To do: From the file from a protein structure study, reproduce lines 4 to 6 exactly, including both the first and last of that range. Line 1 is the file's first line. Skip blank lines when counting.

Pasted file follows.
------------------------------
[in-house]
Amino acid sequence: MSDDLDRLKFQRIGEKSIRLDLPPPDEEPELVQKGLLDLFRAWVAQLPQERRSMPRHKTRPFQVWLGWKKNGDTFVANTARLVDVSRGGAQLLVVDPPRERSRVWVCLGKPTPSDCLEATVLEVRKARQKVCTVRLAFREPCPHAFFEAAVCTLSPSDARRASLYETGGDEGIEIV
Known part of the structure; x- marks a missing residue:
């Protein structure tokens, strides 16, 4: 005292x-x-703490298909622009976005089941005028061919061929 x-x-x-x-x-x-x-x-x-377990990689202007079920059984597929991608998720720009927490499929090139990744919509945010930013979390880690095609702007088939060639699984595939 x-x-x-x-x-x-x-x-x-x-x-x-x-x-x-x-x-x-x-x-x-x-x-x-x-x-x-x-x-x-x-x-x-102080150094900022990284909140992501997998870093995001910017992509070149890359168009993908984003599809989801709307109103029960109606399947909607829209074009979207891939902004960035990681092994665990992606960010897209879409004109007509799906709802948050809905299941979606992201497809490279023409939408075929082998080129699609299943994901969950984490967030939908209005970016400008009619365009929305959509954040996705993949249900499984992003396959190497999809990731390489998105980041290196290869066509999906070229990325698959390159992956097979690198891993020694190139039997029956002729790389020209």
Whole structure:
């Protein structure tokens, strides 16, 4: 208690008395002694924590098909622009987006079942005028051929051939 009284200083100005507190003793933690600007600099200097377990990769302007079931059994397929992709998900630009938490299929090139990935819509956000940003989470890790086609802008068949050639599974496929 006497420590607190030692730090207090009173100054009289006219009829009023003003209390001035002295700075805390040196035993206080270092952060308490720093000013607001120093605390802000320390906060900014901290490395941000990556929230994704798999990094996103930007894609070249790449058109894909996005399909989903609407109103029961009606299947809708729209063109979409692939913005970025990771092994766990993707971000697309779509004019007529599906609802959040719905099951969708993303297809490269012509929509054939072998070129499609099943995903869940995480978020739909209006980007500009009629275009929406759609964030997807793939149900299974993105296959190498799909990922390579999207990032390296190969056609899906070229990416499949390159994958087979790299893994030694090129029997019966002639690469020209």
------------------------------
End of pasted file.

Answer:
């Protein structure tokens, strides 16, 4: 005292x-x-703490298909622009976005089941005028061919061929 x-x-x-x-x-x-x-x-x-377990990689202007079920059984597929991608998720720009927490499929090139990744919509945010930013979390880690095609702007088939060639699984595939 x-x-x-x-x-x-x-x-x-x-x-x-x-x-x-x-x-x-x-x-x-x-x-x-x-x-x-x-x-x-x-x-x-102080150094900022990284909140992501997998870093995001910017992509070149890359168009993908984003599809989801709307109103029960109606399947909607829209074009979207891939902004960035990681092994665990992606960010897209879409004109007509799906709802948050809905299941979606992201497809490279023409939408075929082998080129699609299943994901969950984490967030939908209005970016400008009619365009929305959509954040996705993949249900499984992003396959190497999809990731390489998105980041290196290869066509999906070229990325698959390159992956097979690198891993020694190139039997029956002729790389020209």
Whole structure:
């Protein structure tokens, strides 16, 4: 208690008395002694924590098909622009987006079942005028051929051939 009284200083100005507190003793933690600007600099200097377990990769302007079931059994397929992709998900630009938490299929090139990935819509956000940003989470890790086609802008068949050639599974496929 006497420590607190030692730090207090009173100054009289006219009829009023003003209390001035002295700075805390040196035993206080270092952060308490720093000013607001120093605390802000320390906060900014901290490395941000990556929230994704798999990094996103930007894609070249790449058109894909996005399909989903609407109103029961009606299947809708729209063109979409692939913005970025990771092994766990993707971000697309779509004019007529599906609802959040719905099951969708993303297809490269012509929509054939072998070129499609099943995903869940995480978020739909209006980007500009009629275009929406759609964030997807793939149900299974993105296959190498799909990922390579999207990032390296190969056609899906070229990416499949390159994958087979790299893994030694090129029997019966002639690469020209």